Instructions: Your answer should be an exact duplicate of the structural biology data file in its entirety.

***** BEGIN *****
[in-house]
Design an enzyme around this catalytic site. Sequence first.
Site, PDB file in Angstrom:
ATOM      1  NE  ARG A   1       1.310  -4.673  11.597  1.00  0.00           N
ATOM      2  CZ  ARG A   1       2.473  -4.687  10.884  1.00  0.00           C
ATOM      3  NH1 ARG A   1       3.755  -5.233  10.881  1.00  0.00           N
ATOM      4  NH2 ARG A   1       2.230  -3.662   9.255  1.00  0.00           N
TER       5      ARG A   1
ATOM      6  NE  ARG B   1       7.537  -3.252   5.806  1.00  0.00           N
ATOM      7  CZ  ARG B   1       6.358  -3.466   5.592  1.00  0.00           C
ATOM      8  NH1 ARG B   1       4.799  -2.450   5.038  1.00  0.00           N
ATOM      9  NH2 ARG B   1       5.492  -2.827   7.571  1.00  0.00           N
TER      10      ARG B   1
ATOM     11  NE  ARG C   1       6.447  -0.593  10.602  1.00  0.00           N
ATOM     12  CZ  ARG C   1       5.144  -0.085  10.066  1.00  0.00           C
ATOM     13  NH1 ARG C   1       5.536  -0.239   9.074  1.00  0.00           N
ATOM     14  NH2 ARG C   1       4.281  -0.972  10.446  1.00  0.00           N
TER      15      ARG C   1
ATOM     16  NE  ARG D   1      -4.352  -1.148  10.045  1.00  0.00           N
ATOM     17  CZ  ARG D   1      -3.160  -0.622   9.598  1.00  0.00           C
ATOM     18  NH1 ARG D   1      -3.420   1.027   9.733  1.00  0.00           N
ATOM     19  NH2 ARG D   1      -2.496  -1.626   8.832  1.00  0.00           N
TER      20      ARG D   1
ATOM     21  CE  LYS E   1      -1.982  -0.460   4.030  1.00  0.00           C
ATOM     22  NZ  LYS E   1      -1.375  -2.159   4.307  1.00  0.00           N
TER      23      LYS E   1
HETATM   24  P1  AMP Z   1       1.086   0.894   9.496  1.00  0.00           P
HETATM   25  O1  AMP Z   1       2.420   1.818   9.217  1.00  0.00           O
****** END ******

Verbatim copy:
[in-house]
Design an enzyme around this catalytic site. Sequence first.
Site, PDB file in Angstrom:
ATOM      1  NE  ARG A   1       1.310  -4.673  11.597  1.00  0.00           N
ATOM      2  CZ  ARG A   1       2.473  -4.687  10.884  1.00  0.00           C
ATOM      3  NH1 ARG A   1       3.755  -5.233  10.881  1.00  0.00           N
ATOM      4  NH2 ARG A   1       2.230  -3.662   9.255  1.00  0.00           N
TER       5      ARG A   1
ATOM      6  NE  ARG B   1       7.537  -3.252   5.806  1.00  0.00           N
ATOM      7  CZ  ARG B   1       6.358  -3.466   5.592  1.00  0.00           C
ATOM      8  NH1 ARG B   1       4.799  -2.450   5.038  1.00  0.00           N
ATOM      9  NH2 ARG B   1       5.492  -2.827   7.571  1.00  0.00           N
TER      10      ARG B   1
ATOM     11  NE  ARG C   1       6.447  -0.593  10.602  1.00  0.00           N
ATOM     12  CZ  ARG C   1       5.144  -0.085  10.066  1.00  0.00           C
ATOM     13  NH1 ARG C   1       5.536  -0.239   9.074  1.00  0.00           N
ATOM     14  NH2 ARG C   1       4.281  -0.972  10.446  1.00  0.00           N
TER      15      ARG C   1
ATOM     16  NE  ARG D   1      -4.352  -1.148  10.045  1.00  0.00           N
ATOM     17  CZ  ARG D   1      -3.160  -0.622   9.598  1.00  0.00           C
ATOM     18  NH1 ARG D   1      -3.420   1.027   9.733  1.00  0.00           N
ATOM     19  NH2 ARG D   1      -2.496  -1.626   8.832  1.00  0.00           N
TER      20      ARG D   1
ATOM     21  CE  LYS E   1      -1.982  -0.460   4.030  1.00  0.00           C
ATOM     22  NZ  LYS E   1      -1.375  -2.159   4.307  1.00  0.00           N
TER      23      LYS E   1
HETATM   24  P1  AMP Z   1       1.086   0.894   9.496  1.00  0.00           P
HETATM   25  O1  AMP Z   1       2.420   1.818   9.217  1.00  0.00           O